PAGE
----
I write a lot about the type of art seen in Tampa Bay’s art museums. You know the type—that gorgeous, big and ready to deliver you straight into the artist’s heart and mind. Art that takes up entire walls. Art that makes a real statement. Art I could never afford to bring into my home.
The art I buy is quite different from the art I enjoy seeing in museums. It tends to be smaller and more cartoonish. I love how figures, like Auraileus Artist’s Bob the Robot, can convey profound thoughts and emotions using a minimalist combination of bold lines and bright colors. Unlike most gallery art, this type of art works great on a smaller scale and as prints, so I can actually afford to buy it now and then. This is the type of art popping up in Hyde Park this September courtesy of self-taught artist and entrepreneur Britt Ford.
Britt Ford Pop-Up Gallery
Opens Sept. 15 (Grand opening Sept. 24, 5 p.m.)
734 S Village Circle, Tampa
Ford creates custom wall art using a craft technique called thermographic embossing. While others draw with pens and pencils, Ford draws with glue. She then adds gold embossing powder and applies heat to create the raised metallic lines that outline her flora and fauna, city streets and buildings. Her biggest sellers are her flamingos, hydrangeas, poppies, maps and home portraits.
Ford started working this way after seeing a slew of flat mass-produced New York City posters decorating her friends’ apartments. You remember the cheap shit we all decorated our places with when we were in our 20s. Ford knew there had to be something cooler that young people could actually afford. But she didn’t see much on the market, so she set out to fill the void with her own artwork. Thermographic embossing wound up being the perfect tool for the project, allowing Ford to bring unique textured art into people’s homes at a good price point.
Ford’s fascination with bringing beauty into the home likely comes from her mother, an interior designer by trade. Growing up, Ford spent her weekends with mom redecorating rooms in their home. Her mother often brought bright colors and metallics into the home, an aesthetic that later found its way into Ford’s artwork.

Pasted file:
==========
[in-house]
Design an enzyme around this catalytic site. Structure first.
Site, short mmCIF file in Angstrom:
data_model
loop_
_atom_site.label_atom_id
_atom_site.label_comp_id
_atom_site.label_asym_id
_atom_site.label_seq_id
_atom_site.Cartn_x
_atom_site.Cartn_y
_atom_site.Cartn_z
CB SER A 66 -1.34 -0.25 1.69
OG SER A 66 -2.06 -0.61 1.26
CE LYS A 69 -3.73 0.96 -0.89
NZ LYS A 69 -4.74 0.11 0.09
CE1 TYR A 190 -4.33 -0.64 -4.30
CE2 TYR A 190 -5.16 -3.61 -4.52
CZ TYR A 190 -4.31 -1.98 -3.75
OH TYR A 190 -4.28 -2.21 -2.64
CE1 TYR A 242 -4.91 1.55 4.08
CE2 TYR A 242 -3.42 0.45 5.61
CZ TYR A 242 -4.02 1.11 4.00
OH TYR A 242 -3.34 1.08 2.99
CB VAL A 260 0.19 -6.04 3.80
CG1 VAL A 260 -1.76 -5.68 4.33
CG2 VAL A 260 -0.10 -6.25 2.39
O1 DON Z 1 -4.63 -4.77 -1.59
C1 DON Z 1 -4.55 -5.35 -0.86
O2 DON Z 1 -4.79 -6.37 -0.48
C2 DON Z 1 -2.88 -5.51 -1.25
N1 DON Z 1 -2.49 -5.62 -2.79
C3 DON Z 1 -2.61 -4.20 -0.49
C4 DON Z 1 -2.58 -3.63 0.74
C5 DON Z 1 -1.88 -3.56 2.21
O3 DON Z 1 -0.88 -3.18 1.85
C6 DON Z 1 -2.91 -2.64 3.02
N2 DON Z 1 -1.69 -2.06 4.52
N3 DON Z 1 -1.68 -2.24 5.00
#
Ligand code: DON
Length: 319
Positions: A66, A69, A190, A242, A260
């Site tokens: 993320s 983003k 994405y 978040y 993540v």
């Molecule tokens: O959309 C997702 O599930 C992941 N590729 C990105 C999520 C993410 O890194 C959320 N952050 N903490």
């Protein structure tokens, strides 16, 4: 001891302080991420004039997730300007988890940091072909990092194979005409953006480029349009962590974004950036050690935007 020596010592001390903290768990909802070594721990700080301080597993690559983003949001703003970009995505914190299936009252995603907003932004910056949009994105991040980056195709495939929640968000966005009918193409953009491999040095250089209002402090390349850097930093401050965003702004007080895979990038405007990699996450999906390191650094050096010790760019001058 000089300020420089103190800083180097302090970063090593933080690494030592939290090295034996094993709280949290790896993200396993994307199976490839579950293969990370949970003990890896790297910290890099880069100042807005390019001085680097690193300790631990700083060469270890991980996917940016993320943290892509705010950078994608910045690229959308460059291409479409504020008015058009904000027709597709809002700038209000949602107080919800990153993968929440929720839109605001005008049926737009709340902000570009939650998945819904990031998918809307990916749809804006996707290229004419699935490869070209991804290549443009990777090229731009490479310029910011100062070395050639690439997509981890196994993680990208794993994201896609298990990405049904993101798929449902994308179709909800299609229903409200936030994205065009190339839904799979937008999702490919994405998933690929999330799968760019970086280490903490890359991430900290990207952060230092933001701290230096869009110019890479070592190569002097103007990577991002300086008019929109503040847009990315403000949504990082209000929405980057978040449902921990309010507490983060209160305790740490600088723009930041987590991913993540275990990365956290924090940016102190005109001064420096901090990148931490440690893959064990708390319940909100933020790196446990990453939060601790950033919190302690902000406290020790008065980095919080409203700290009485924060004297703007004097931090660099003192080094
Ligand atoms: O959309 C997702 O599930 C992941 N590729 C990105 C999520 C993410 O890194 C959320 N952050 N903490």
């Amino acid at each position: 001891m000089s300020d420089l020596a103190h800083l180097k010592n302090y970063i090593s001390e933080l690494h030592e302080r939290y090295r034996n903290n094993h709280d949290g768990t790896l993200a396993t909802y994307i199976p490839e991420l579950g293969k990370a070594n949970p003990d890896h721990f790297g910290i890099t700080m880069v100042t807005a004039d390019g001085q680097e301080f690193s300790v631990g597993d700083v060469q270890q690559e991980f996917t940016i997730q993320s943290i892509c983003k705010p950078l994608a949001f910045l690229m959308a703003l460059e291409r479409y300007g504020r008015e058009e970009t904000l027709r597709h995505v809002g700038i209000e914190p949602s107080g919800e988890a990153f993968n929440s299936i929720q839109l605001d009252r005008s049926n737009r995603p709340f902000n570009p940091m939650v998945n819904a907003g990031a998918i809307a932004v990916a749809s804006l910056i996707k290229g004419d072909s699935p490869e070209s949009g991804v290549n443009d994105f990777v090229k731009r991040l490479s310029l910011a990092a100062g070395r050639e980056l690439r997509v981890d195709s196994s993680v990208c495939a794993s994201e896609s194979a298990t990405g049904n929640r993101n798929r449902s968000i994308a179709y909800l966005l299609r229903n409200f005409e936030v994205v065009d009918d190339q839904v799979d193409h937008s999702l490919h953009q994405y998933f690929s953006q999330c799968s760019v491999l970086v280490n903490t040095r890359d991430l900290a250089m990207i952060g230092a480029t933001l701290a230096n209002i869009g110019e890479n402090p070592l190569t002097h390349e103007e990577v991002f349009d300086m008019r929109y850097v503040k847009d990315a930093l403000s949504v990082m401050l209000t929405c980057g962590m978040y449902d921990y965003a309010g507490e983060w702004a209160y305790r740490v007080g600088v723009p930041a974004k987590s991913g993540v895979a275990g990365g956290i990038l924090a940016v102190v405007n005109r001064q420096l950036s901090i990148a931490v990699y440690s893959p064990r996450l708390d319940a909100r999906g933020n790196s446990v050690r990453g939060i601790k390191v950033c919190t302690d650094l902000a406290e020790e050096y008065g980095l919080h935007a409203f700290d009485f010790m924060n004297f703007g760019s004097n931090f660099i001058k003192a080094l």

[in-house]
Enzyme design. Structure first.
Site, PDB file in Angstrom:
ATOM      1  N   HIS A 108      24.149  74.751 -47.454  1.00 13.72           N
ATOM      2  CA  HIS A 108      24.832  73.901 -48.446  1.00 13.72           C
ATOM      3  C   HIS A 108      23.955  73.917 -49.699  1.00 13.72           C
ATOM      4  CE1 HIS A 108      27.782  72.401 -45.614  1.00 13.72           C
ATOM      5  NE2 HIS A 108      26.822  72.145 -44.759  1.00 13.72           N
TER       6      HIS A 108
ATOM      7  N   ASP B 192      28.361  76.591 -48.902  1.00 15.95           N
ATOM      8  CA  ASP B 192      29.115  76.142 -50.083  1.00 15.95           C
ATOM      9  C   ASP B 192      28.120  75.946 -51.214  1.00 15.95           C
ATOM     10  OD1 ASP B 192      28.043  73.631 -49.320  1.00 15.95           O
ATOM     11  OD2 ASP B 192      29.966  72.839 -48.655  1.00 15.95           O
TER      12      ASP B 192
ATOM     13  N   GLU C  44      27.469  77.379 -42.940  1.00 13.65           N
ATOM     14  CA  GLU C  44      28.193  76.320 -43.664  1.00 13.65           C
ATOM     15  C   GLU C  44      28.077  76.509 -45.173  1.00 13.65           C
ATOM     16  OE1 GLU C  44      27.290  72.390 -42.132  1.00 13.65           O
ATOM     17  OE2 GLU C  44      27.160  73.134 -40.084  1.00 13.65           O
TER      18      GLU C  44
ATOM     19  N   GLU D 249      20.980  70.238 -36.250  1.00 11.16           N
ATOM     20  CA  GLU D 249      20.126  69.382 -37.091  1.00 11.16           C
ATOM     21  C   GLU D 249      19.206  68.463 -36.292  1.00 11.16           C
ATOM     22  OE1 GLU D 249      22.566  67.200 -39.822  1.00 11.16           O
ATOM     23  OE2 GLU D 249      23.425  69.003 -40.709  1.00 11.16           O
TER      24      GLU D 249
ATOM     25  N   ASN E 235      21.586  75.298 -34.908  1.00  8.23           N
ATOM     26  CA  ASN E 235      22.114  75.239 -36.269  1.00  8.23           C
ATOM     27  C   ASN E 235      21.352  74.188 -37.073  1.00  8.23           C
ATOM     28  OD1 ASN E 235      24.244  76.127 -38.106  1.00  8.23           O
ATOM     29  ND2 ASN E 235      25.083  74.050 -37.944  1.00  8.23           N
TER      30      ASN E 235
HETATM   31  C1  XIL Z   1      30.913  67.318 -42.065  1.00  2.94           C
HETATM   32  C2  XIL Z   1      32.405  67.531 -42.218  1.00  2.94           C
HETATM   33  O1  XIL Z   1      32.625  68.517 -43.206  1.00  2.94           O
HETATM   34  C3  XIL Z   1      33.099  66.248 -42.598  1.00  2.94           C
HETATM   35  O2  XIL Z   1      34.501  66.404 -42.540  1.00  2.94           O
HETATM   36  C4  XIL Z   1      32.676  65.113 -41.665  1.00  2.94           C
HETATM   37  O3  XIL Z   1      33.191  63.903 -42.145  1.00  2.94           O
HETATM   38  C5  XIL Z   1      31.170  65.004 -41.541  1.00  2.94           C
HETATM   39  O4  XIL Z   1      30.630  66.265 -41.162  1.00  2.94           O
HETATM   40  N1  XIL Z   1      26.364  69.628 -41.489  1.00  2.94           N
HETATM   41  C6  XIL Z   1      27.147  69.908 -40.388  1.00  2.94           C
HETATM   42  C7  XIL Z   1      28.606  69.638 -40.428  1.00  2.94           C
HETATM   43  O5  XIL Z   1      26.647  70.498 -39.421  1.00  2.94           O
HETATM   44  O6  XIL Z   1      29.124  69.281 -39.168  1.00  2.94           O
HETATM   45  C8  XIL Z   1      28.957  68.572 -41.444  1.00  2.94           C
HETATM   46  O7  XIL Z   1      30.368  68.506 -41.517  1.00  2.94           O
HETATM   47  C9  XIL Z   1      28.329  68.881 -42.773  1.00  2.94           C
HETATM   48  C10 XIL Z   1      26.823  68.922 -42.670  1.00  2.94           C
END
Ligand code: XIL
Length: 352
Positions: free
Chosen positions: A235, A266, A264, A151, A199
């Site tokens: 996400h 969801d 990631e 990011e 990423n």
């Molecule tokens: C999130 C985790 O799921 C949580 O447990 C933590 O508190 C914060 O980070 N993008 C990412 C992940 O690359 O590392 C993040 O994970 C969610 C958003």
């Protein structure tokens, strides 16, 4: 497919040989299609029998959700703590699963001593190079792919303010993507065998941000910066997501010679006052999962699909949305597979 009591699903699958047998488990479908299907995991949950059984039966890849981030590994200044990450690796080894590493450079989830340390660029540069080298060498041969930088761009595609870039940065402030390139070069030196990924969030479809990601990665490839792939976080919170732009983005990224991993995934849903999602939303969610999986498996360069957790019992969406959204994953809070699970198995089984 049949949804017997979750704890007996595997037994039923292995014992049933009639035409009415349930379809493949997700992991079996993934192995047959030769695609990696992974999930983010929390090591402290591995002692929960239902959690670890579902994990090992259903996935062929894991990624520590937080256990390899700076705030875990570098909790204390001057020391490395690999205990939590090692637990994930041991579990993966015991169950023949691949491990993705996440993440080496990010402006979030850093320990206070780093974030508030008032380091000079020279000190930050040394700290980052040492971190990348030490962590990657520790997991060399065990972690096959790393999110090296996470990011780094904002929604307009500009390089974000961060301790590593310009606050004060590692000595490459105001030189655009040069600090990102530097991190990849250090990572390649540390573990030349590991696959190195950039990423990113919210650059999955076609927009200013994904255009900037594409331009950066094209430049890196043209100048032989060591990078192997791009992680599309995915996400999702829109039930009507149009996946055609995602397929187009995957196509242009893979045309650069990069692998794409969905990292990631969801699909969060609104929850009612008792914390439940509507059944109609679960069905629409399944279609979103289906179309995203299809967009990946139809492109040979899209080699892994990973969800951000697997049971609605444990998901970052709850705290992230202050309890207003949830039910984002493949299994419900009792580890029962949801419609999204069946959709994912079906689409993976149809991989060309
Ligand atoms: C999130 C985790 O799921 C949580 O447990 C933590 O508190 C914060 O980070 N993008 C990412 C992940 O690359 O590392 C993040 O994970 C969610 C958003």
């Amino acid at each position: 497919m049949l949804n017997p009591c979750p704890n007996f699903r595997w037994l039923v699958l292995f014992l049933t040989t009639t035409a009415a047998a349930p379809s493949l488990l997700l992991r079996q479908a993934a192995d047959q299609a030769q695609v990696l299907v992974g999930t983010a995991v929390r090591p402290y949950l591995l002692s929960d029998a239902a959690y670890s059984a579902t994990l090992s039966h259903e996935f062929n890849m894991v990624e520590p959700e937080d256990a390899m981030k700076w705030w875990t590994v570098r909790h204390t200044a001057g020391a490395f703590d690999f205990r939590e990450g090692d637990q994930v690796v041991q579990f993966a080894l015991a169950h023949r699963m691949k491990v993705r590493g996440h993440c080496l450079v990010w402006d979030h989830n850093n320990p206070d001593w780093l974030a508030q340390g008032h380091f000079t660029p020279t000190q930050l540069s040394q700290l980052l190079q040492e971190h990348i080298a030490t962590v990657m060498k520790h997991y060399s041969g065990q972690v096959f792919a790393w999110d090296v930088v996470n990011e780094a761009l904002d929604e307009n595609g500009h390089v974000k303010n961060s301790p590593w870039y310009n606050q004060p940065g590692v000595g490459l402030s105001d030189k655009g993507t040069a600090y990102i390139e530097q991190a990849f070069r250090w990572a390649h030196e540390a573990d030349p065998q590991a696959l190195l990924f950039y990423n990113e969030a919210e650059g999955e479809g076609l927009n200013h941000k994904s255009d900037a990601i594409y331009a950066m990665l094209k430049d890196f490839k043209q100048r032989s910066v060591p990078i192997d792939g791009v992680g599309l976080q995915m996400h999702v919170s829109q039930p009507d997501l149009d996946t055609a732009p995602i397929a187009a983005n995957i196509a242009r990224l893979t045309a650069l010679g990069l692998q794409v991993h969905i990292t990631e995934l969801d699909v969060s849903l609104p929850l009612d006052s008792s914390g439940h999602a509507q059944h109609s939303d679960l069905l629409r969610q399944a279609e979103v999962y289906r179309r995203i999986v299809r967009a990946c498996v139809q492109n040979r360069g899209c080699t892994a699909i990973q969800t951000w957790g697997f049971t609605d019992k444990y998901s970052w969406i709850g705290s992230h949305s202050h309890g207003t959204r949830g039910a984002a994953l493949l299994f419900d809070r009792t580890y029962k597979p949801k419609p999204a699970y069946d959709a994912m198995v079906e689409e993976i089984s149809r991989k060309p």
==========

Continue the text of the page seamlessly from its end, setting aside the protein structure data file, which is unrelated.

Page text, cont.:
Though Ford was always creative growing up, her father discouraged her from getting a formal education in art. Instead, she majored in economics at Dickinson College and dreamed of starting her own business one day. That business ended up being art.
In 2020, Ford moved to Tampa Bay and opened a studio/gallery space in Seminole Heights.
“I got it all ready and then COVID happened, and it hasn’t been the same since,” Ford told Creative Loafing Tampa Bay. “And it’s not a huge foot traffic area either, so it’s become more my studio. Then if a client wants to come in and see it, they can schedule an appointment.”
After she’d been living in Tampa Bay for about a year, Ford noticed all the vacant storefronts in Hyde Park Village. So she emailed Hyde Park Village to find out if they host pop-ups. She’s arranged to pop up in the former Candle Pour space next to Color Me Mine for six months, from September 2021-February 2022. The timing is perfect for Ford, who does her best business during the holiday season.
While the Seminole Heights space has become Ford’s studio, the Hyde Park Village location will be a true gallery. Sort of. Although the primary goal is to show and sell her artwork here, Ford plans to create a laid-back shop vibe within her temporary Hyde Park space.
“Galleries scare people a lot because they’re usually very stuffy,” Ford told CL. “I want you to feel like you’re at home and it’s a shop with other gifts and home décor pieces there.”
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